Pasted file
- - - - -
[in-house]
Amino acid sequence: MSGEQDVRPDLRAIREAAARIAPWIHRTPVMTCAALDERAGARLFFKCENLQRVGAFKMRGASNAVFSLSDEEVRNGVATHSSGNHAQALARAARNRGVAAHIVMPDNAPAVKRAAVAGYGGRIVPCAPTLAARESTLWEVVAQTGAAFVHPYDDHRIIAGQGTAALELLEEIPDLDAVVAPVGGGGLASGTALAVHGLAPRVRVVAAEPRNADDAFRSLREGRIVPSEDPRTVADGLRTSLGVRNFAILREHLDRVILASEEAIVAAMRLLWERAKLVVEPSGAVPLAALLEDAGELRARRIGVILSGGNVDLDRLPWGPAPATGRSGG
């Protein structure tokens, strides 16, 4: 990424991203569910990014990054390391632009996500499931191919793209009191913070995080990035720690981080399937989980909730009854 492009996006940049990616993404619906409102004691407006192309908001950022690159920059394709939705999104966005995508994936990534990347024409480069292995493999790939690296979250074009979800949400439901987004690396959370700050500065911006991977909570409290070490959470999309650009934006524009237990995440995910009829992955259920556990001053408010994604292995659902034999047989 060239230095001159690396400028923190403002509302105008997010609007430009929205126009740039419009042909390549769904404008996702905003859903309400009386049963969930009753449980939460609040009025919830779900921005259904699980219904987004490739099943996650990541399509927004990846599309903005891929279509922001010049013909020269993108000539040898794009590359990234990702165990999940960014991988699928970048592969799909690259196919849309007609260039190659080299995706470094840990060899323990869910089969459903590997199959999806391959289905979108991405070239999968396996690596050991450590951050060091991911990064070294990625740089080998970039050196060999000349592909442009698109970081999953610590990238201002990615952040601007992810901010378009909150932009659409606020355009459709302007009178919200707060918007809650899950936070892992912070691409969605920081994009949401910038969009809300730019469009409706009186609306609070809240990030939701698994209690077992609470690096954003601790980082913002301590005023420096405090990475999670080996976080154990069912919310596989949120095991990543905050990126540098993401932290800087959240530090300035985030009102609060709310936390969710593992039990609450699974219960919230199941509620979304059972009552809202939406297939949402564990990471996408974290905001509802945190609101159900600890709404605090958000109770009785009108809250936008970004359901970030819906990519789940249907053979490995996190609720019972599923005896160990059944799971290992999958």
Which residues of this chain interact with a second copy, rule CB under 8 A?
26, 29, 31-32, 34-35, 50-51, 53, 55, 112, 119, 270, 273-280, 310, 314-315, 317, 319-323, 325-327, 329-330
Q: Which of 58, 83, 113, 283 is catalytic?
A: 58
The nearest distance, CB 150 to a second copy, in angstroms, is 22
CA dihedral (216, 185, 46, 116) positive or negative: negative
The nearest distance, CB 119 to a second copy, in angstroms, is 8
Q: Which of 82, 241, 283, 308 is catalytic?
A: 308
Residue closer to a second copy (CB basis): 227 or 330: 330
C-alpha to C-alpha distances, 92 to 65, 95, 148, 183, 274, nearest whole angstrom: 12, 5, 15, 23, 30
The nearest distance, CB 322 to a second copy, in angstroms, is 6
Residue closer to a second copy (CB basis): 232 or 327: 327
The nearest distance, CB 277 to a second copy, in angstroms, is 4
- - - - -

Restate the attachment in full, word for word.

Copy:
[in-house]
Amino acid sequence: MSGEQDVRPDLRAIREAAARIAPWIHRTPVMTCAALDERAGARLFFKCENLQRVGAFKMRGASNAVFSLSDEEVRNGVATHSSGNHAQALARAARNRGVAAHIVMPDNAPAVKRAAVAGYGGRIVPCAPTLAARESTLWEVVAQTGAAFVHPYDDHRIIAGQGTAALELLEEIPDLDAVVAPVGGGGLASGTALAVHGLAPRVRVVAAEPRNADDAFRSLREGRIVPSEDPRTVADGLRTSLGVRNFAILREHLDRVILASEEAIVAAMRLLWERAKLVVEPSGAVPLAALLEDAGELRARRIGVILSGGNVDLDRLPWGPAPATGRSGG
């Protein structure tokens, strides 16, 4: 990424991203569910990014990054390391632009996500499931191919793209009191913070995080990035720690981080399937989980909730009854 492009996006940049990616993404619906409102004691407006192309908001950022690159920059394709939705999104966005995508994936990534990347024409480069292995493999790939690296979250074009979800949400439901987004690396959370700050500065911006991977909570409290070490959470999309650009934006524009237990995440995910009829992955259920556990001053408010994604292995659902034999047989 060239230095001159690396400028923190403002509302105008997010609007430009929205126009740039419009042909390549769904404008996702905003859903309400009386049963969930009753449980939460609040009025919830779900921005259904699980219904987004490739099943996650990541399509927004990846599309903005891929279509922001010049013909020269993108000539040898794009590359990234990702165990999940960014991988699928970048592969799909690259196919849309007609260039190659080299995706470094840990060899323990869910089969459903590997199959999806391959289905979108991405070239999968396996690596050991450590951050060091991911990064070294990625740089080998970039050196060999000349592909442009698109970081999953610590990238201002990615952040601007992810901010378009909150932009659409606020355009459709302007009178919200707060918007809650899950936070892992912070691409969605920081994009949401910038969009809300730019469009409706009186609306609070809240990030939701698994209690077992609470690096954003601790980082913002301590005023420096405090990475999670080996976080154990069912919310596989949120095991990543905050990126540098993401932290800087959240530090300035985030009102609060709310936390969710593992039990609450699974219960919230199941509620979304059972009552809202939406297939949402564990990471996408974290905001509802945190609101159900600890709404605090958000109770009785009108809250936008970004359901970030819906990519789940249907053979490995996190609720019972599923005896160990059944799971290992999958």
Which residues of this chain interact with a second copy, rule CB under 8 A?
26, 29, 31-32, 34-35, 50-51, 53, 55, 112, 119, 270, 273-280, 310, 314-315, 317, 319-323, 325-327, 329-330
Q: Which of 58, 83, 113, 283 is catalytic?
A: 58
The nearest distance, CB 150 to a second copy, in angstroms, is 22
CA dihedral (216, 185, 46, 116) positive or negative: negative
The nearest distance, CB 119 to a second copy, in angstroms, is 8
Q: Which of 82, 241, 283, 308 is catalytic?
A: 308
Residue closer to a second copy (CB basis): 227 or 330: 330
C-alpha to C-alpha distances, 92 to 65, 95, 148, 183, 274, nearest whole angstrom: 12, 5, 15, 23, 30
The nearest distance, CB 322 to a second copy, in angstroms, is 6
Residue closer to a second copy (CB basis): 232 or 327: 327
The nearest distance, CB 277 to a second copy, in angstroms, is 4